During my Latin education (using classical pronunciation), I was taught that 'r' should be 'rolled', making a sort of growling sound.

For example, the r's (more the second than the first set) in errāre would be rolled.

What is the historical significance of this? What evidence is there that Romans pronounced the letter this way?

  • 6
    This is just a guess, but regarding the evidence portion: Rolling "r"s is common in Romance languages, which can be traced back to Latin. It would make sense that there is a common tradition there.
    – HDE 226868
    Feb 24, 2016 at 1:50
  • A fruitless discussion. Classical Latin was a language for the educated, perhaps less than 1/10000 of the population, scattered about an area of the Chinese empire. As Koine and Mandarin, it was a mean of communication between people, that couldn't understand their local dialects, especially in the military corps. A situation, that persisted e.g. in th German empire from Luther' creation of High German, until radio and TV equalized standard pronounciation for all classes between Saxonia, Bavaria, Allemania, and Frisia in the 1960ties.
    – Roland F
    Mar 6 at 10:26

2 Answers 2


This paper talks about several primary sources (i.e. Roman texts) that describe rolling Rs:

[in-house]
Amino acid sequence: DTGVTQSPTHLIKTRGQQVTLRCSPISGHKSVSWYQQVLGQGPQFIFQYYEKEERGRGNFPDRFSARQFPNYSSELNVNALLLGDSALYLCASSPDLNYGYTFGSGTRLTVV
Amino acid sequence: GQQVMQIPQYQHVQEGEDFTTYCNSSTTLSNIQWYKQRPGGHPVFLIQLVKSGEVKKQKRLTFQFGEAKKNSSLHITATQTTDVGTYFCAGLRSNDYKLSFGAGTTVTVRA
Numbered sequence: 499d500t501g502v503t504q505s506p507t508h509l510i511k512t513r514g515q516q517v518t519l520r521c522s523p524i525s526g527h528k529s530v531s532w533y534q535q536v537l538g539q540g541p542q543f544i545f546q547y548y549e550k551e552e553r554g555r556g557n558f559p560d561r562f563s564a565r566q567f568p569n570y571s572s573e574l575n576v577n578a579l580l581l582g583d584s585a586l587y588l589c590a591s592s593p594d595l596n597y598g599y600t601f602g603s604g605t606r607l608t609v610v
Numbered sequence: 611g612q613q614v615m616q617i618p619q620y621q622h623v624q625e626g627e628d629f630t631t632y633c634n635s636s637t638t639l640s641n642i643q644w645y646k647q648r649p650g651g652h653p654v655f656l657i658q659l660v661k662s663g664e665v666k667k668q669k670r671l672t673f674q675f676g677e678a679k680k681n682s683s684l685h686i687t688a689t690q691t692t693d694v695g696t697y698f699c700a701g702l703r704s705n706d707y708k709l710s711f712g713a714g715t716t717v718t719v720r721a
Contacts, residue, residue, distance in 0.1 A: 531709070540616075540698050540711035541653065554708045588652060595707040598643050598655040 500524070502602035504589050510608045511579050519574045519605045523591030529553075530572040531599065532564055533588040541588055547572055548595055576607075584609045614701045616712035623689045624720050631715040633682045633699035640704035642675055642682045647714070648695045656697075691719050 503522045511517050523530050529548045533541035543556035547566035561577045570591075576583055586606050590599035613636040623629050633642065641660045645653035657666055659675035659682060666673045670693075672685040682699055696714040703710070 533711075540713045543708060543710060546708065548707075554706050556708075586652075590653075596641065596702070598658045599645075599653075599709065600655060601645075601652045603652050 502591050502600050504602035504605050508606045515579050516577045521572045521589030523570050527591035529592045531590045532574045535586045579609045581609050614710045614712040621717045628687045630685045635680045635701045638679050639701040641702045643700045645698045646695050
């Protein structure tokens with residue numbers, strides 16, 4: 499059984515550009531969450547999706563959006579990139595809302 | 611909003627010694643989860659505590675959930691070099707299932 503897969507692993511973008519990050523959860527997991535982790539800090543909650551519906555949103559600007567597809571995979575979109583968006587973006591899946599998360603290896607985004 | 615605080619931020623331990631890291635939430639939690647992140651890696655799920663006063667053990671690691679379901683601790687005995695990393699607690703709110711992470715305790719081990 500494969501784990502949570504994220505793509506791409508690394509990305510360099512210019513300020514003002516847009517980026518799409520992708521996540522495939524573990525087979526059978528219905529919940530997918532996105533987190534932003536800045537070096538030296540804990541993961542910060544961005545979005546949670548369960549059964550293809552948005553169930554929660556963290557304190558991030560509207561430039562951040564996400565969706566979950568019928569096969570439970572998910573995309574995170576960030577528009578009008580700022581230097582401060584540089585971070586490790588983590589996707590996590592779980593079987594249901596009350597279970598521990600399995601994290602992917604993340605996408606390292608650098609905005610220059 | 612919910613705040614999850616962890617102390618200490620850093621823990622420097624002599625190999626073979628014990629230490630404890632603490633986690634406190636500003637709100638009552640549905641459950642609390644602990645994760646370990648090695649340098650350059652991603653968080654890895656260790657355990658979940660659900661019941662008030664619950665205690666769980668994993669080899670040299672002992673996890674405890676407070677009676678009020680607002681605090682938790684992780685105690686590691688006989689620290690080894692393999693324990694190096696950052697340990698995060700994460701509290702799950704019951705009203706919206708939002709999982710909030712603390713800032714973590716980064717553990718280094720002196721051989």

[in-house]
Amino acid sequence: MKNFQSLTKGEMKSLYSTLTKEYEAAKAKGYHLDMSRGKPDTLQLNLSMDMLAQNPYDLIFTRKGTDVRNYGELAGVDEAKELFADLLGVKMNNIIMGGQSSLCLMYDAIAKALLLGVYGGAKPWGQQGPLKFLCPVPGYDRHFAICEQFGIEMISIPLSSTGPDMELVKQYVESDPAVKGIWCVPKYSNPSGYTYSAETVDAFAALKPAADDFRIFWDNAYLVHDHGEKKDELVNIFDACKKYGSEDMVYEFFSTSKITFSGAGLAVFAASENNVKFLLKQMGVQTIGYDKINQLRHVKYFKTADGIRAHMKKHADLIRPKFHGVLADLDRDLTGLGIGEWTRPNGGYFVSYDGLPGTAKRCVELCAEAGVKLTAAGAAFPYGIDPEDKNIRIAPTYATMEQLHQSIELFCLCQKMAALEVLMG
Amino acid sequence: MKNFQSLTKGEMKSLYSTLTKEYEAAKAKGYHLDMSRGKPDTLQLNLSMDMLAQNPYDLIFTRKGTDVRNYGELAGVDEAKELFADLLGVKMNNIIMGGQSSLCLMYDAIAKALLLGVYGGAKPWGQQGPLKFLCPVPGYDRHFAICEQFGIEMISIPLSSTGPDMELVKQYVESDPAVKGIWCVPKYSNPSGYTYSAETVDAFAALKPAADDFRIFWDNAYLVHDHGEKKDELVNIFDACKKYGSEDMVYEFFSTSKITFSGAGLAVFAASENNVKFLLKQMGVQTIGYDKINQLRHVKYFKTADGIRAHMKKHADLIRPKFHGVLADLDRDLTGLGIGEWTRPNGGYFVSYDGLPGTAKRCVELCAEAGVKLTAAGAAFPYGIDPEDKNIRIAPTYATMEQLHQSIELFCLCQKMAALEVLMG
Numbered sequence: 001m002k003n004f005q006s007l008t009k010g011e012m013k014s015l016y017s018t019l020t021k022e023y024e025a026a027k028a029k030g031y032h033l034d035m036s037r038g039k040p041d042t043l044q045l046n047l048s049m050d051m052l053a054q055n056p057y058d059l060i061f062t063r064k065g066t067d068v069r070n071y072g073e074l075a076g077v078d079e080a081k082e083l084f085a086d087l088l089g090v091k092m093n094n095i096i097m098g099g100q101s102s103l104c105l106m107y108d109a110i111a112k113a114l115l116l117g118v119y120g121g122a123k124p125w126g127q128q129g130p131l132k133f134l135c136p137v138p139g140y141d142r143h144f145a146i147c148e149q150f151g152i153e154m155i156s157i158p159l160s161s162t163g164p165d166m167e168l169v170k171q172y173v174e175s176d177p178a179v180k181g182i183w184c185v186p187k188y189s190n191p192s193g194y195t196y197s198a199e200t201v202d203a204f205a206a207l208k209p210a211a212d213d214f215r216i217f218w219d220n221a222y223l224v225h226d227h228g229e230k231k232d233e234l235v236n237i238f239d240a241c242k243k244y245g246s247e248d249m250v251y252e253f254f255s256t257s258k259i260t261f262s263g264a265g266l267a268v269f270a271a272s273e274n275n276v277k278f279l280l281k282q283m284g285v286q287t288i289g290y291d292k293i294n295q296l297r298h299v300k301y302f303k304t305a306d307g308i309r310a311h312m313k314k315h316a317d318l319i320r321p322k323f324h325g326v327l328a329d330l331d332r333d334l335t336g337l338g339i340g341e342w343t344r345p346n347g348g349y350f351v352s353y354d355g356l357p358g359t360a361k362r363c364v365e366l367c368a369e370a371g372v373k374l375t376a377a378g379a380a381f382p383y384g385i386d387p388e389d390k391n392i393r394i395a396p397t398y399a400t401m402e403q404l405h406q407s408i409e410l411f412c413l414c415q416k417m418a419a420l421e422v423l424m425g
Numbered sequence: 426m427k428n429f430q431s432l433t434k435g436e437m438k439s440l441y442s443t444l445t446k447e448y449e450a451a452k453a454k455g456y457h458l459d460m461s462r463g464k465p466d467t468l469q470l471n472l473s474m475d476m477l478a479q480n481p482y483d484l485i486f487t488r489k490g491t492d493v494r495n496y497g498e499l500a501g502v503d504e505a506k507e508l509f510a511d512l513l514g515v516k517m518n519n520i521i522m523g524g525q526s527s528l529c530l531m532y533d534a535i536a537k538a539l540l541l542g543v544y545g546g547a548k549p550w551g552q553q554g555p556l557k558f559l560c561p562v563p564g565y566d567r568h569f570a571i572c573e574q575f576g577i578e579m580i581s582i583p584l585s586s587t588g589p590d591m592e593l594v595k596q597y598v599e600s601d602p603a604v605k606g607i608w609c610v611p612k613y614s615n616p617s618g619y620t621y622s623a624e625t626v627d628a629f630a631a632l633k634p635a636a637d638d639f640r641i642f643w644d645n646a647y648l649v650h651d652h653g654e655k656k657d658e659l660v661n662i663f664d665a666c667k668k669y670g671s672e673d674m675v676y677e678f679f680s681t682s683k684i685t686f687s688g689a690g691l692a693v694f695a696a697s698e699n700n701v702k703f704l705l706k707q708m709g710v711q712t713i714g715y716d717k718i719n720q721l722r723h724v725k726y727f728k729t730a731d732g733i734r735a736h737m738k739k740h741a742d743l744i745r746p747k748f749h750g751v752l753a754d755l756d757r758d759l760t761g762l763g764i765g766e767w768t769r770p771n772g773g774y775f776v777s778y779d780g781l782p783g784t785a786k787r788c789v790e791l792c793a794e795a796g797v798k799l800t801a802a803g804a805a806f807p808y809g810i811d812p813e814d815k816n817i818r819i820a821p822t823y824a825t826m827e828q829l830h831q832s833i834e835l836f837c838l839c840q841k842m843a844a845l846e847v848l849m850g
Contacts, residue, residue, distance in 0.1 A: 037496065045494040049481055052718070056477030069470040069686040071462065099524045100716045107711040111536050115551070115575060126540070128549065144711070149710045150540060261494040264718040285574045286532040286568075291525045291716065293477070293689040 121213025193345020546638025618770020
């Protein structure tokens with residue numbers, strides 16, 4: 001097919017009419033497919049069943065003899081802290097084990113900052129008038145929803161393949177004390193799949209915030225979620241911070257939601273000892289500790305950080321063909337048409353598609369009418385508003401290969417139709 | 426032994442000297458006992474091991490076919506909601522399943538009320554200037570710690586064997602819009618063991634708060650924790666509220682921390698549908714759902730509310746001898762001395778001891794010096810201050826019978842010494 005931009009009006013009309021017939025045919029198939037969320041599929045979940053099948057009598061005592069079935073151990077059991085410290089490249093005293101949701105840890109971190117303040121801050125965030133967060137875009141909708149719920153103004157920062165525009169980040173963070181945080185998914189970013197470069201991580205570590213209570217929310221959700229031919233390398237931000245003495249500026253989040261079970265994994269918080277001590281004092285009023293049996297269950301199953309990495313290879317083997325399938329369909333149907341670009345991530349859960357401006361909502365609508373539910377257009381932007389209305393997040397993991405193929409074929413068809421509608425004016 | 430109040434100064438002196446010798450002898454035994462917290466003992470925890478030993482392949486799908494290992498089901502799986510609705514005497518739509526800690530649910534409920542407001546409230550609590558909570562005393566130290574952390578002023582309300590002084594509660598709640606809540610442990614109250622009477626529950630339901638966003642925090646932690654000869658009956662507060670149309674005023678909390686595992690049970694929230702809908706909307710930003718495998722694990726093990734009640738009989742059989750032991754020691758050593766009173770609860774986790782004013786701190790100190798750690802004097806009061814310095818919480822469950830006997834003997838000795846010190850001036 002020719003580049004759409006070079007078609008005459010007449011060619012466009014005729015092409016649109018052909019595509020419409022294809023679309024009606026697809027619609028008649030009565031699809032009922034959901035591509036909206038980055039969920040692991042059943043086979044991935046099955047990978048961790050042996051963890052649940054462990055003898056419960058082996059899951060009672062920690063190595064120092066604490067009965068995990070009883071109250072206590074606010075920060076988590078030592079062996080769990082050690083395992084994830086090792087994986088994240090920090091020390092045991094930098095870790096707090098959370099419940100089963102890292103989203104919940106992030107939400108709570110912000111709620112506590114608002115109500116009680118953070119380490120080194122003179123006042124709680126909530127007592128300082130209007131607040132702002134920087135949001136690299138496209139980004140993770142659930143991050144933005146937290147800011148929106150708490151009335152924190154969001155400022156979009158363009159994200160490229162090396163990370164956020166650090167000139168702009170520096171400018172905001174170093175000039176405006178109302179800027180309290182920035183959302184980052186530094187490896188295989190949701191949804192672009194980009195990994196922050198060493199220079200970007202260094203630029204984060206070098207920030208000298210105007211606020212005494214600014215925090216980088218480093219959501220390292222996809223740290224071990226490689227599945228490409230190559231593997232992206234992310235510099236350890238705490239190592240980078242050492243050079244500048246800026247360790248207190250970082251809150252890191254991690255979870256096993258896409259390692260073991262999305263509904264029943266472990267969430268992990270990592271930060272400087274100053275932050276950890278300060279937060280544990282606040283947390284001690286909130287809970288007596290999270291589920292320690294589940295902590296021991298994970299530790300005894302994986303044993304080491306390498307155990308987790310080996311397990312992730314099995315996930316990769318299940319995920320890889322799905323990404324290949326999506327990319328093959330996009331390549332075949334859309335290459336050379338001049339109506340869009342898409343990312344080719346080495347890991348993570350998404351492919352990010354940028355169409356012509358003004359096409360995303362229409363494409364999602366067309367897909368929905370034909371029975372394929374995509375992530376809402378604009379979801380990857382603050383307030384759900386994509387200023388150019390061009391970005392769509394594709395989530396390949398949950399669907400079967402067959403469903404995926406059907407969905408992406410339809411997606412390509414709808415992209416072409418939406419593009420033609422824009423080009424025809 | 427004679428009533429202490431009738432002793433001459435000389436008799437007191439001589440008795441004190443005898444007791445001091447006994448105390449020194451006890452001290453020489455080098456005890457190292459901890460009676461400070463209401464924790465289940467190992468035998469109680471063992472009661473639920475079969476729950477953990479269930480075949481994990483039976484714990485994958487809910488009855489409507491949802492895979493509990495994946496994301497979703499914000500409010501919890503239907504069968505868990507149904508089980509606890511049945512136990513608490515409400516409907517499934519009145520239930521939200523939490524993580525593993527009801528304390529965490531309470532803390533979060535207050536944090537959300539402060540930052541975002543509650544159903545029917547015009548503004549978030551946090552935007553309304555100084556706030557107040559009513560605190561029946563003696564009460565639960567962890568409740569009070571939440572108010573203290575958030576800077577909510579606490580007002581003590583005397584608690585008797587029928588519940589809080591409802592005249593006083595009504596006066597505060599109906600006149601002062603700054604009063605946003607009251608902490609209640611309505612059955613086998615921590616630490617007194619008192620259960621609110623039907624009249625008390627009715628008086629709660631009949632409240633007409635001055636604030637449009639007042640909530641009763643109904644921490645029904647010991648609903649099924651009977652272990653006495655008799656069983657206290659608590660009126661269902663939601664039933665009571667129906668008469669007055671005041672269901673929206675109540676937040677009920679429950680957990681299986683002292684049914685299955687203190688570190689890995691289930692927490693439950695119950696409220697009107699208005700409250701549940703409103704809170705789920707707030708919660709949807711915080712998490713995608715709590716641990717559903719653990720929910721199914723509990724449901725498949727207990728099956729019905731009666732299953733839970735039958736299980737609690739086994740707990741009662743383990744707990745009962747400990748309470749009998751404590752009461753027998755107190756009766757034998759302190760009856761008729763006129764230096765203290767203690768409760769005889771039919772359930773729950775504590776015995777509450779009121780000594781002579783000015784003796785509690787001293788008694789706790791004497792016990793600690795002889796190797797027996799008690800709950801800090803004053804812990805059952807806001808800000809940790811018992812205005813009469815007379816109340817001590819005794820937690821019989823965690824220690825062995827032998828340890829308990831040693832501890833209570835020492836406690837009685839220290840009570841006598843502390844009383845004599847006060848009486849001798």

• Terentianus Maurus writes in De litteris that

    vibrat tremulis ictibus aridum sonorem
    the R vibrates with a dry sound from trembling blows

  • Martianus Capella writes

    R spiritum lingua crispante corraditur
    [R] is pronounced with difficulty (?), with the tongue vibrating the air

    Capella's writing contradicts itself on this count in another place, leaving this testimony in doubt.

  • Lucilius writes, more colorfully,1

    r: irritata canis quam homo quam planius dictat
    which (i.e. the sound r) an irritated bitch pronounces more clearly than a man

    This is supposed to imply a growling similar to the modern instruction or R-rolling.

Taken as a group, these sources would seem to indicate that the Romans did roll some of their Rs. However, other authors, including Varro, Charisius, Marius Victorinus, and Martianus Capella (referring to his contradictory account), describe more fluid pronunciations. What this implies above all else is that pronunciations may have differed among different groups and in different time periods, hence the different accounts.

Indirect evidence for R-rolling comes from the Romance languages, where this is quite common. In Spanish, for example, rr indicates this rolling (rather than simply r). The presence of rolling in these languages suggests a common origin, likely in Latin.

1 The above translations are given by the author of the paper, and are not necessarily word-for-word. For example, brianpck suggested translating Lucilius differently, as "An irritated bitch which a man pronounces as clearly as possible."

  • 4
    Not to be pedantic, but the second translation of Lucilius is a bit off. I would translate: "An irritated bitch which a man pronounces as clearly as possible."
    – brianpck
    Feb 24, 2016 at 14:15
  • @brianpck I had stuck with the author's translations, which are not as literal. I've kept the last one as-is, but I've added a note containing your translation.